Repainting the picture of women in engineering
Portia Monama joined AES in February 2021, starting as a Procurement Administrator before being promoted to her current position as Procurement Manager.
She believes that it is particularly important for women to be included in engineering:
“I think any industrial or engineering company that is excluding women is limiting itself when it comes to the amount of knowledge, experience and talent which women can bring to any organisation. For me, it is crucial to be deliberate about gender diversity, and about developing women in these historically male-dominated spaces.”
This will be achieved at grass roots level. “We must literally ‘repaint’ the pictures of different industries through things as small as circulating more images of women wearing their personal protective equipment on site. Once these visual representations of women in industry become more mainstream, I think it will inspire more women to enter the engineering field, challenging the stereotypical perception that this is a difficult field for women to be in.”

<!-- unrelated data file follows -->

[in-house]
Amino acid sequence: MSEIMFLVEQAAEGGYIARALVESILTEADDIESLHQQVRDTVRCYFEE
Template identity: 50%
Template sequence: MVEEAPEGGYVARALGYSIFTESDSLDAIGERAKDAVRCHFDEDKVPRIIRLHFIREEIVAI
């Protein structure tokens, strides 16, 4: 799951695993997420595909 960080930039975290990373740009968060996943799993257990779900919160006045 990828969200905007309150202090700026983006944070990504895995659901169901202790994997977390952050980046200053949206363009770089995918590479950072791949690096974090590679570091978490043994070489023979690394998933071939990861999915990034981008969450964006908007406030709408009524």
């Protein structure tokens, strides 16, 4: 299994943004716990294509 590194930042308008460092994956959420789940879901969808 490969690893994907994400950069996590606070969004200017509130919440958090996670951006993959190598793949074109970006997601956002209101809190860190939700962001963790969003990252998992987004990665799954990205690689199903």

In terms of AES, however, Monama values the extent to which the company has supported, empowered and upskilled the women in its ranks.
“Ultimately, AES holds women to the same performance standards as men. Women are in meaningful positions doing worthwhile work, and their employment is not just about legislative compliance or ‘box ticking’. For me, that speaks to the integrity of AES, and its understanding that as women, we want to be held to the same standards – and do not want special treatment,” she says.
Her advice to other young women wishing to follow in her footsteps is simple: “Go to school! We can only rely on talent, policies and women development initiatives to a certain extent. Get the experience. If you are going into an industry like this, don’t be scared to go into the trenches and get your hands dirty.”